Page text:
Rob Holding: £4.5m

As the Emirates crowd proselytised that he is ‘better than Cannavaro’, the 23-year-old’s injury in early December proved a turning point in Arsenal’s season. To that point, he had featured in 16 matches for the Gunners. After starting the season on the bench, Emery soon released the ball-playing capabilities of Holding were a huge asset to his defence. Indeed, his introduction into the side saw the start of Arsenal’s long unbeaten run. Individually, Holding never finished on the losing side, and featured in 11 wins, including the first North London Derby, and proved pivotal in an impressive home display against Liverpool. He had established himself as one of Emery’s defensive rocks, and his absence left the head coach in a hard place.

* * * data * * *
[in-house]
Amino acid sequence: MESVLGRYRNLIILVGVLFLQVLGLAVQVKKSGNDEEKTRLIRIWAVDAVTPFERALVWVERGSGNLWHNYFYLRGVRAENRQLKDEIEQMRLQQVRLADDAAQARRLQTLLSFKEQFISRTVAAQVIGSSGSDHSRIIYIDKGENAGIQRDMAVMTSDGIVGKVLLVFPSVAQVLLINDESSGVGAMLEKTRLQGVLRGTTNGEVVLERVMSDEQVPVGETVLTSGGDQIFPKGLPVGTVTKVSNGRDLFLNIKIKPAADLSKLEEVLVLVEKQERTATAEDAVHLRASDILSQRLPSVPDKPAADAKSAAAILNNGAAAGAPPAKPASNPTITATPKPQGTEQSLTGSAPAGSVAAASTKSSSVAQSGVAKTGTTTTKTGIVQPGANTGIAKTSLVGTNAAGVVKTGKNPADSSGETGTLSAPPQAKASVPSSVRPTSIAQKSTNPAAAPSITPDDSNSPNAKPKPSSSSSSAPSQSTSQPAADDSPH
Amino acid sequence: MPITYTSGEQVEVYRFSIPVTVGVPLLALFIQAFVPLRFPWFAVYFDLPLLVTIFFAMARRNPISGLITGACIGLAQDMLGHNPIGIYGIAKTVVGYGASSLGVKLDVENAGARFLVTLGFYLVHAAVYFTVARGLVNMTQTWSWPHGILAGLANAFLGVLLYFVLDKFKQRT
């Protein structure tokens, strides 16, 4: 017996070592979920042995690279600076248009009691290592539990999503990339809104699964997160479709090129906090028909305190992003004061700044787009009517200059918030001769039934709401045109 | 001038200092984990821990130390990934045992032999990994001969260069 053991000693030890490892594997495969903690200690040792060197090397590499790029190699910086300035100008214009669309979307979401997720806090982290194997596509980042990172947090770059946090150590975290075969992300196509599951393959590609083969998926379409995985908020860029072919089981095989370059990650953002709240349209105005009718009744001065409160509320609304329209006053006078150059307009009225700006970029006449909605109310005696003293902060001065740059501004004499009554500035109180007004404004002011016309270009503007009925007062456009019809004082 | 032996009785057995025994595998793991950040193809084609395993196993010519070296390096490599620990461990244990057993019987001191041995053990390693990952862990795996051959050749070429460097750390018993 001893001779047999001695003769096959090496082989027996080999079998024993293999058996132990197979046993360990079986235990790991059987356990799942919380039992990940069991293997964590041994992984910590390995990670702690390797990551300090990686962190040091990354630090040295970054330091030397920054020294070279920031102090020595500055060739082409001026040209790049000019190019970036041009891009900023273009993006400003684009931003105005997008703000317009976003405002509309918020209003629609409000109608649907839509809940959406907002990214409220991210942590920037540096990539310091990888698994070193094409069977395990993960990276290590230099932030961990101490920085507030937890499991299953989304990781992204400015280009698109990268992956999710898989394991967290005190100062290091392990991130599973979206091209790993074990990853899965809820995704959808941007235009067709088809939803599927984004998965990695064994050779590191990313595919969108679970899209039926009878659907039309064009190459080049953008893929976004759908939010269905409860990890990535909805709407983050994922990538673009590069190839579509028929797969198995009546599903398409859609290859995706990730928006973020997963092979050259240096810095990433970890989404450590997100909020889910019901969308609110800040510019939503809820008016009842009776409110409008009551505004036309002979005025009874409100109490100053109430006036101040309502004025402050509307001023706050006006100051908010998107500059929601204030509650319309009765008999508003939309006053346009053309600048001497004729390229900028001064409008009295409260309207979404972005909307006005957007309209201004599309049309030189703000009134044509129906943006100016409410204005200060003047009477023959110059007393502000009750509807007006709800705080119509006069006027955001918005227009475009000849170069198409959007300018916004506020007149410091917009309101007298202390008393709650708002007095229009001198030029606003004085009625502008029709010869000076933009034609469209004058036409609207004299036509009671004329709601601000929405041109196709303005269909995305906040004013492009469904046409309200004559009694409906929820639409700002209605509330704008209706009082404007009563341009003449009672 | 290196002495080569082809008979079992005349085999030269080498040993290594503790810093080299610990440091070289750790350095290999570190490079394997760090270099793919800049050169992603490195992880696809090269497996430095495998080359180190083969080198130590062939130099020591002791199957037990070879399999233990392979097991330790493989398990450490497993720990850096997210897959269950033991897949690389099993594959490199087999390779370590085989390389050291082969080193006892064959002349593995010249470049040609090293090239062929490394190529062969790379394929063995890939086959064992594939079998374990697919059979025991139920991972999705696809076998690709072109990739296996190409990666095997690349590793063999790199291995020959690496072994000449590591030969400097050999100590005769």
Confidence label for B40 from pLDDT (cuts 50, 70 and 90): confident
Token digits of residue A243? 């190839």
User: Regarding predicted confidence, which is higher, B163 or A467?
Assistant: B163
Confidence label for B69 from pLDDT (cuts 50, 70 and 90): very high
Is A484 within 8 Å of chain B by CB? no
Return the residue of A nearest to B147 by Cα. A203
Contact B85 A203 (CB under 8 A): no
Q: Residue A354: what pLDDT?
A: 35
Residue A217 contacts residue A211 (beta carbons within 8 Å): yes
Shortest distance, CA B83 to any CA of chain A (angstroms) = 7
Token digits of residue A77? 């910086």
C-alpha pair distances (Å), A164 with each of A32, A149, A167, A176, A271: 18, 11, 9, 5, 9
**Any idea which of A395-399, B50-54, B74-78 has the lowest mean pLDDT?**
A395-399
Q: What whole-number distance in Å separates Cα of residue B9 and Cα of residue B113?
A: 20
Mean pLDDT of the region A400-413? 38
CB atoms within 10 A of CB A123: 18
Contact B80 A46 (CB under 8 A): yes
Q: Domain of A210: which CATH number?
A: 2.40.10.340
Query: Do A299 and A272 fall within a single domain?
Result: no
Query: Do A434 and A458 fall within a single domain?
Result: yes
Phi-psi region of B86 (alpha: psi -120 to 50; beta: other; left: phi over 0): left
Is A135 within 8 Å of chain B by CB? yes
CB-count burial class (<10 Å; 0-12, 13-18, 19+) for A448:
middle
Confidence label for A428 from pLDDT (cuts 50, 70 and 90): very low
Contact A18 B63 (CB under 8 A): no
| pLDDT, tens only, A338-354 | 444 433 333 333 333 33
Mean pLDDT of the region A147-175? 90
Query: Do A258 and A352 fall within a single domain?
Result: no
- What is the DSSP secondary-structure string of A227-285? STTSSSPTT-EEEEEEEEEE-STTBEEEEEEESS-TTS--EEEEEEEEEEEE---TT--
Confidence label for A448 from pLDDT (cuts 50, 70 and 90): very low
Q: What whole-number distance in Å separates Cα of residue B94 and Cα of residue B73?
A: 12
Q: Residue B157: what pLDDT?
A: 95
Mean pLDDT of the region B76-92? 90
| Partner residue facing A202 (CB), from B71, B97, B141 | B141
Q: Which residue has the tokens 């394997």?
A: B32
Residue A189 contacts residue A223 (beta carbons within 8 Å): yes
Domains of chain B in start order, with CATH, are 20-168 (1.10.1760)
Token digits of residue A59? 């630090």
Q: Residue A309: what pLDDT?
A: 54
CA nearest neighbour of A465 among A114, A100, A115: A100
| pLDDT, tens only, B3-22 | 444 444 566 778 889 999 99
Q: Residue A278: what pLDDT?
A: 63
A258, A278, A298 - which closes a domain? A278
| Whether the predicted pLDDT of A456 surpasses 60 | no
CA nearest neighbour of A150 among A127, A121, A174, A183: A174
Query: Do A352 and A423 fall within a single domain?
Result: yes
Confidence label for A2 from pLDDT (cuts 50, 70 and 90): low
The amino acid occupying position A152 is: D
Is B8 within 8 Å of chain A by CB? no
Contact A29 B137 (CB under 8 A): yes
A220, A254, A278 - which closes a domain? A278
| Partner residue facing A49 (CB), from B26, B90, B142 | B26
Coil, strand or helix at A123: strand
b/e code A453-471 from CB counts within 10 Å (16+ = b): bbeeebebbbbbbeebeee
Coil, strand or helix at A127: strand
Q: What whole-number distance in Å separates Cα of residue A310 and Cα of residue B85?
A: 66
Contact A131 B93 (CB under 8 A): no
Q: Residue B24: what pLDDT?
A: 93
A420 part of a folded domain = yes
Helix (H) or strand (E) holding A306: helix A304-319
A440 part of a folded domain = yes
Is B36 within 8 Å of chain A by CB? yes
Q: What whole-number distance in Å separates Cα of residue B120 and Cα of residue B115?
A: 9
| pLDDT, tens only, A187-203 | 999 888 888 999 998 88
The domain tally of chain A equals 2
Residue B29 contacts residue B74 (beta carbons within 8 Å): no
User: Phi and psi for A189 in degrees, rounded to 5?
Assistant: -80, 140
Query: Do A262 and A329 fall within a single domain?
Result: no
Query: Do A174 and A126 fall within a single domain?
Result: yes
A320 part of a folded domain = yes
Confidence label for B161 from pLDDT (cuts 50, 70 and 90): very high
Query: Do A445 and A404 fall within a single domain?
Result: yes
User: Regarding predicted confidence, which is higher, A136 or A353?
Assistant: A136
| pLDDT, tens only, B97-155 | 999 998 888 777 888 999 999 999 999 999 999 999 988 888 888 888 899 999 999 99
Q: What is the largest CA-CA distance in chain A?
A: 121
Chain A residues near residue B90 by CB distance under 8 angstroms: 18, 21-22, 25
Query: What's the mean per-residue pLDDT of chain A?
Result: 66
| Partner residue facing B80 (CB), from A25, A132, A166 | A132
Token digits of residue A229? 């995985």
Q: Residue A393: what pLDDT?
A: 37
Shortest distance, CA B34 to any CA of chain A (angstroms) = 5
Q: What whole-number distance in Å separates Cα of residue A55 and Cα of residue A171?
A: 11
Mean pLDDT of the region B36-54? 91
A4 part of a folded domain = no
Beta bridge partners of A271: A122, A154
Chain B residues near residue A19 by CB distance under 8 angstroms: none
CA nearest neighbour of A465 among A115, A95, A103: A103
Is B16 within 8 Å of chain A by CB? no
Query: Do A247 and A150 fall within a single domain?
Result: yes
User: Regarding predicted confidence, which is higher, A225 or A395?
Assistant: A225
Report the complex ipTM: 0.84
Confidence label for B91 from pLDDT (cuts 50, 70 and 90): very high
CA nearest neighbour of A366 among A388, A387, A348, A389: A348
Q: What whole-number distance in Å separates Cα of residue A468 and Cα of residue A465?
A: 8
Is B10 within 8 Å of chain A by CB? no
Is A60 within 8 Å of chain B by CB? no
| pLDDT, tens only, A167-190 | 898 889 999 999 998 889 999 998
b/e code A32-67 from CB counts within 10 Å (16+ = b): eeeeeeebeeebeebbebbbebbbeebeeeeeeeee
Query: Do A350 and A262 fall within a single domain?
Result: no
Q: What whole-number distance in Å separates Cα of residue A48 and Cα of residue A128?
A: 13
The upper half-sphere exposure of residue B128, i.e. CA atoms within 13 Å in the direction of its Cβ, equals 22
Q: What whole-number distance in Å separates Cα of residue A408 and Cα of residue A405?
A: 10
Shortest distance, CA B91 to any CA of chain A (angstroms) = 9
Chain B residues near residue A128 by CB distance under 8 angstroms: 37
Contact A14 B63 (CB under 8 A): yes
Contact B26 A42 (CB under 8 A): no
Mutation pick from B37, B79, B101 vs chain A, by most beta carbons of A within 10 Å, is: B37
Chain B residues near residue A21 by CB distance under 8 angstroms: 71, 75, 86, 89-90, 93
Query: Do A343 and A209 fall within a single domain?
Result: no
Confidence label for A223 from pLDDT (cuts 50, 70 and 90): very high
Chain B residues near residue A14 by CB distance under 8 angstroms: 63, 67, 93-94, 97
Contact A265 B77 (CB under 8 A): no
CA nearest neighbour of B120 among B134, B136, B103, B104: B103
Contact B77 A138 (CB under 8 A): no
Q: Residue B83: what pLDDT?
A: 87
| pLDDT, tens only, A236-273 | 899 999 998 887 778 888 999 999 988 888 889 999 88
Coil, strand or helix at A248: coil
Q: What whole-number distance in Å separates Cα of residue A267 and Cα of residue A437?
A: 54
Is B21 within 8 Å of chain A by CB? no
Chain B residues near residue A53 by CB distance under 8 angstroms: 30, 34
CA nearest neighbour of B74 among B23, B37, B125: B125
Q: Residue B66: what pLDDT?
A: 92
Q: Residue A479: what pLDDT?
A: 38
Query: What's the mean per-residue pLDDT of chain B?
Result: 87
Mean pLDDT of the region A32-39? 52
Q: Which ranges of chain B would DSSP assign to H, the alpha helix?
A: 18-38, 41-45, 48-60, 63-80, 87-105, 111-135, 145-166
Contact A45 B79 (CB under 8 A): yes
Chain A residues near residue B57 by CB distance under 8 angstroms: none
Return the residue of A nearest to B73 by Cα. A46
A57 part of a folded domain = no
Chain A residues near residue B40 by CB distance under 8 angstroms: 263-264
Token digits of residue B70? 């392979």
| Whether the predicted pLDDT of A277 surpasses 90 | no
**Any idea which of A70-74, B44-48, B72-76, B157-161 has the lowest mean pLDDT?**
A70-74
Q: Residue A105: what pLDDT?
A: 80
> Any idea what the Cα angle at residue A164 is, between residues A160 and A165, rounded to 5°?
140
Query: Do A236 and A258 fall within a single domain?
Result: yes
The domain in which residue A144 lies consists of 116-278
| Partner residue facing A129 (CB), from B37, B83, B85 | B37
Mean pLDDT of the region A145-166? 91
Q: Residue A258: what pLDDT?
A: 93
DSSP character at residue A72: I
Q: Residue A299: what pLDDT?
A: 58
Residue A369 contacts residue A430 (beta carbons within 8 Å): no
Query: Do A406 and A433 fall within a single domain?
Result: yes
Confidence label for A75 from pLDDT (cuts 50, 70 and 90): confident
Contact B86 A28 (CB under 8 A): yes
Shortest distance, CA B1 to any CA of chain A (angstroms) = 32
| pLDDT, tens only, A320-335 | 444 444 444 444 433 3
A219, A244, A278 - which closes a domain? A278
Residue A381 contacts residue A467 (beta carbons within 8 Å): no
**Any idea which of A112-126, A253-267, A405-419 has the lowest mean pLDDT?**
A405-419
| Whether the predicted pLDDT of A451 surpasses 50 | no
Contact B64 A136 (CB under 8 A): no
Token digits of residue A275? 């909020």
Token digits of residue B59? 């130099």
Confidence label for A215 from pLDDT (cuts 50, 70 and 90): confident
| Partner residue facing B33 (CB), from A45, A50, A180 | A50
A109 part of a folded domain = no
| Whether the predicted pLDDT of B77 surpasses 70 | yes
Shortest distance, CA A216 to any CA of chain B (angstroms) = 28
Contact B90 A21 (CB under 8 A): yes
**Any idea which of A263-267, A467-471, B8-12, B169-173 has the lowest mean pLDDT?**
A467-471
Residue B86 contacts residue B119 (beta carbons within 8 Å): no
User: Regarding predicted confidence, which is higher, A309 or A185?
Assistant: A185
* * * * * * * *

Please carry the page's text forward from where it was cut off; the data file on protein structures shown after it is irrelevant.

With a relative lack of experienced centre-backs reliably linked in the transfer market, it appears that Emery will continue to trust in the Englishman. As Koscielny ages out of the side, a partnership with Sokratis could prove fruitful. Accompanying a more experienced defender was helpful in his growth last season, and his workload should be managed more effectively as I expect heavy rotation for the early cup sides. By the time he works his way back to full fitness, the early spell of tricky matches for Arsenal should be out of the way. It is possible too it could coincide with the return of Hector Bellerin, further bolstering the backline. As the transfer of Kieran Tierney looks inevitable, the left side of the back four should be much stronger; last campaign, Kolasinac’s attacking exuberance left Koscielny woefully exposed.